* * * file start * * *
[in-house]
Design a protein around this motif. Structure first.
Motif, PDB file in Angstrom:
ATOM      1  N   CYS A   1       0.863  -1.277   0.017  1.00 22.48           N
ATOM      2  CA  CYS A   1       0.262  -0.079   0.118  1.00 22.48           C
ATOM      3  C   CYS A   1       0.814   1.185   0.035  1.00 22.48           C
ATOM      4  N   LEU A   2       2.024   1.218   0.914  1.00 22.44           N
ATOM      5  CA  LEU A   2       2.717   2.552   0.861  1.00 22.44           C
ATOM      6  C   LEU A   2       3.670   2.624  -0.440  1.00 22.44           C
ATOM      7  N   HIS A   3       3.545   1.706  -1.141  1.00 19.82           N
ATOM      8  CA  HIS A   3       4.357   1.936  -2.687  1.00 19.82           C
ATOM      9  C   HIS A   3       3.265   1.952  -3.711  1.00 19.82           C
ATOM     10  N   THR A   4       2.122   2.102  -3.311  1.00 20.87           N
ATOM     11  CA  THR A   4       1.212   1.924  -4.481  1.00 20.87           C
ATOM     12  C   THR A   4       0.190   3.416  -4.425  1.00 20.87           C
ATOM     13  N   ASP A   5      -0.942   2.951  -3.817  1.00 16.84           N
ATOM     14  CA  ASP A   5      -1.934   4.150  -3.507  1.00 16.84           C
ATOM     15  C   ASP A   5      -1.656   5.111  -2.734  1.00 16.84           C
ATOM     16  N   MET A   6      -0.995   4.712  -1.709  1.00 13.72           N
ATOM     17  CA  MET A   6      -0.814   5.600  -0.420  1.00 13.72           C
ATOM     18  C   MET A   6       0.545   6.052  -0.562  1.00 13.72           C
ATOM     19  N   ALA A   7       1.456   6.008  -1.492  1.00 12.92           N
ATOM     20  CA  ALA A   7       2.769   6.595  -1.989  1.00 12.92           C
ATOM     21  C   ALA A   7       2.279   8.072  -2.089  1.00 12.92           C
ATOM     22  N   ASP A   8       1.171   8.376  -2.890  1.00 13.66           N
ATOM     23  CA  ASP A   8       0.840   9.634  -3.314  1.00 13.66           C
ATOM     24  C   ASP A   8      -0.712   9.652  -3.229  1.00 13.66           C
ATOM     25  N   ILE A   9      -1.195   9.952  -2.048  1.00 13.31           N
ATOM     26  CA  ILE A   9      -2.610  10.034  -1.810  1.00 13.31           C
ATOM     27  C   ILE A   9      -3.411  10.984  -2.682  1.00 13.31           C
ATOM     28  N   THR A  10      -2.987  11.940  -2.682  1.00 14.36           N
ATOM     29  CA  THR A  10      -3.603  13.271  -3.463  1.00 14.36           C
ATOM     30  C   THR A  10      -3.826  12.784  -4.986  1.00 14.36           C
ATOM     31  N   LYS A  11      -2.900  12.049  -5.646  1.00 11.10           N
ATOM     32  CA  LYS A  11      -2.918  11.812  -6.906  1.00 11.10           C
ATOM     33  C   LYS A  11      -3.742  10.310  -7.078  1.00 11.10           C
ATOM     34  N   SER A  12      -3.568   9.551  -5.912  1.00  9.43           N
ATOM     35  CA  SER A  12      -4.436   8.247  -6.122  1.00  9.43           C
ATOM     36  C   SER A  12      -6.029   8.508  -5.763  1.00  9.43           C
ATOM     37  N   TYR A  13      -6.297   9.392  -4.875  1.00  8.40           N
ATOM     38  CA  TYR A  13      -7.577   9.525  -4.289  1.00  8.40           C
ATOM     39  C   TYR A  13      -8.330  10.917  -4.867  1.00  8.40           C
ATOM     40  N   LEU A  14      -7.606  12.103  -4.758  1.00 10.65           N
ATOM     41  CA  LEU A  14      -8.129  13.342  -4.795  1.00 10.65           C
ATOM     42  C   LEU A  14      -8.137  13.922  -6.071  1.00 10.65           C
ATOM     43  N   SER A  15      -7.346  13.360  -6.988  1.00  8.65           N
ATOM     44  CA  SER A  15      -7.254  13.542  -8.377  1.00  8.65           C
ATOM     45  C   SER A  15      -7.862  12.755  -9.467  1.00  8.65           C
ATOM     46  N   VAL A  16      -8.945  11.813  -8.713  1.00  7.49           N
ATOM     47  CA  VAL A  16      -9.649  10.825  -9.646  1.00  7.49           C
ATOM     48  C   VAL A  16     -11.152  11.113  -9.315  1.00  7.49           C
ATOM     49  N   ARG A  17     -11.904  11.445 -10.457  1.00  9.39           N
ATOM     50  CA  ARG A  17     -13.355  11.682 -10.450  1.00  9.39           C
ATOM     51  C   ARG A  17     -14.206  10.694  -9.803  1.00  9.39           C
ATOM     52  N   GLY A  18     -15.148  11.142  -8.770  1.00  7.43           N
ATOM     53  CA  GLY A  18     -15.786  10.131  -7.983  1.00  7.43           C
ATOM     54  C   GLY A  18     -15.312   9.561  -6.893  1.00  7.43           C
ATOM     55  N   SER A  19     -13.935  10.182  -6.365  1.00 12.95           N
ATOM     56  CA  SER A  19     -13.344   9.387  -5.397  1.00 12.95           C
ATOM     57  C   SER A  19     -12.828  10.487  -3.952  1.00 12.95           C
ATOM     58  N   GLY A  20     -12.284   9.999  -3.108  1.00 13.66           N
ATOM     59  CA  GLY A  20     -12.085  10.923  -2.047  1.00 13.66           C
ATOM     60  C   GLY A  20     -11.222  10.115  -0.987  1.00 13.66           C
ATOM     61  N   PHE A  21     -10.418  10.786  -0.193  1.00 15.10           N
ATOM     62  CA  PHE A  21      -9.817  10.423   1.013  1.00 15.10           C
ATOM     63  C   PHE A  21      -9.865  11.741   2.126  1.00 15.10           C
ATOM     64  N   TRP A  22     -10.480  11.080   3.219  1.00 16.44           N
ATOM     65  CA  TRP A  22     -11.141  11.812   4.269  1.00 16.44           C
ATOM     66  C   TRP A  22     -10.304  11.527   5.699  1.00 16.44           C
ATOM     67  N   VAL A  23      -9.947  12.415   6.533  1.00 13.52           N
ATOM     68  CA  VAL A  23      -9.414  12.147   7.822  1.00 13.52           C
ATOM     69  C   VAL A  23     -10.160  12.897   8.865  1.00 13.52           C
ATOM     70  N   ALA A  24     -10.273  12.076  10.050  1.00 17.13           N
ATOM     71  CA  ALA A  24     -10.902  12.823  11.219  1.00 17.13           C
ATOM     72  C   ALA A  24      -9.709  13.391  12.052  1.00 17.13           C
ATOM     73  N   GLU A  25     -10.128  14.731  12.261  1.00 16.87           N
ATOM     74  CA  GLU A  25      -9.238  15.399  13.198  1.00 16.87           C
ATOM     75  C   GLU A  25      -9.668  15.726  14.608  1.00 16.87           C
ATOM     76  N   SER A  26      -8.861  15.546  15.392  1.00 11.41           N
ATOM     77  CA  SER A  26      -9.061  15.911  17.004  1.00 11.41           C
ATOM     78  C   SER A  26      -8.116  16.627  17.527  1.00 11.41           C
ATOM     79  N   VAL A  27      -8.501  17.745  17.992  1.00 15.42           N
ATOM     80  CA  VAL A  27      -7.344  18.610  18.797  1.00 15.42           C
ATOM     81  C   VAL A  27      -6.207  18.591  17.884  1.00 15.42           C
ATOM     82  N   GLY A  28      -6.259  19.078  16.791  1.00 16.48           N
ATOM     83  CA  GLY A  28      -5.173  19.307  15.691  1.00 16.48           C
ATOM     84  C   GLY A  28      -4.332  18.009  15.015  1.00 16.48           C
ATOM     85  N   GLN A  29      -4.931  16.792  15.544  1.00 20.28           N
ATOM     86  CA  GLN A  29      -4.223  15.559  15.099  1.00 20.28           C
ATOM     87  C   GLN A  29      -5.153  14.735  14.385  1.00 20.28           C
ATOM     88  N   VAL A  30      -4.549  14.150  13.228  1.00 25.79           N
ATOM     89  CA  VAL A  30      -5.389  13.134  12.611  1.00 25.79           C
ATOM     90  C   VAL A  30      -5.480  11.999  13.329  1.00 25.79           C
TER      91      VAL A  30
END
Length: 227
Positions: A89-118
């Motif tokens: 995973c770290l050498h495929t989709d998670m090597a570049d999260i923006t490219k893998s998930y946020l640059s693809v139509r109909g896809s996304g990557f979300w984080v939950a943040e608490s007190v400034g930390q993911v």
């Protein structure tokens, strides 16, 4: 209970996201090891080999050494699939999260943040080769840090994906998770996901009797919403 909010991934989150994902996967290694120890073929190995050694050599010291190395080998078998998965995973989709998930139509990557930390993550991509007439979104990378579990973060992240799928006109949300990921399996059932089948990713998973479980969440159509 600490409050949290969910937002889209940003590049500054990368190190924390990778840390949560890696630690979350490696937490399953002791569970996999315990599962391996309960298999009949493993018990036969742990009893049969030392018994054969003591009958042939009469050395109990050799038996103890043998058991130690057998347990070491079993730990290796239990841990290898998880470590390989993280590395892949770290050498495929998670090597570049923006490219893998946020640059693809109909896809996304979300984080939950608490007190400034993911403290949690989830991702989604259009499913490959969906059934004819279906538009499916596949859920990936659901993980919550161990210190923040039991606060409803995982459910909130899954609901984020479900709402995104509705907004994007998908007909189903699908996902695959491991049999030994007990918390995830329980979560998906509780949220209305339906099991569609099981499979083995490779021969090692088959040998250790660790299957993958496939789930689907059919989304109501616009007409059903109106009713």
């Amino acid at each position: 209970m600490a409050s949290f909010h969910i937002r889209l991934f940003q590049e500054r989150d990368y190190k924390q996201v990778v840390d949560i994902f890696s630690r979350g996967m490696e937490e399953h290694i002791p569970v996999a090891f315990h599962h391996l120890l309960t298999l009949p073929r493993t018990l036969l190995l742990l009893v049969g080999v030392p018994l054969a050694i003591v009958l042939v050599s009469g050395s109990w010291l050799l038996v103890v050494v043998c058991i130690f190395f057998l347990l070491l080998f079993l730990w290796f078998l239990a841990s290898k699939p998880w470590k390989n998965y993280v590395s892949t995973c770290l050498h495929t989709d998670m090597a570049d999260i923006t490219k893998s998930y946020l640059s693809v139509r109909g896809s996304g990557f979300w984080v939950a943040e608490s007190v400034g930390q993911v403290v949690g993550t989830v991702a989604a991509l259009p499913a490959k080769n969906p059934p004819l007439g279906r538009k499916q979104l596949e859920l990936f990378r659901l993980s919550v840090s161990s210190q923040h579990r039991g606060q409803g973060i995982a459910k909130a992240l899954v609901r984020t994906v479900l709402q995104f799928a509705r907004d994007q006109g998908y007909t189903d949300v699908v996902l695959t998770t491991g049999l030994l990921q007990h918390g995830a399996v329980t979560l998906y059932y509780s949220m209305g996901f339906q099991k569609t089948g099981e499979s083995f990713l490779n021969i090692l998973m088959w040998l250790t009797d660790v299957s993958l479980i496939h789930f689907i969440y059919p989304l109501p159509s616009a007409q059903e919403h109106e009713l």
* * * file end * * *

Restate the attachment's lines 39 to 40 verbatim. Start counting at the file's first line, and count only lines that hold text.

ATOM     36  C   SER A  12      -6.029   8.508  -5.763  1.00  9.43           C
ATOM     37  N   TYR A  13      -6.297   9.392  -4.875  1.00  8.40           N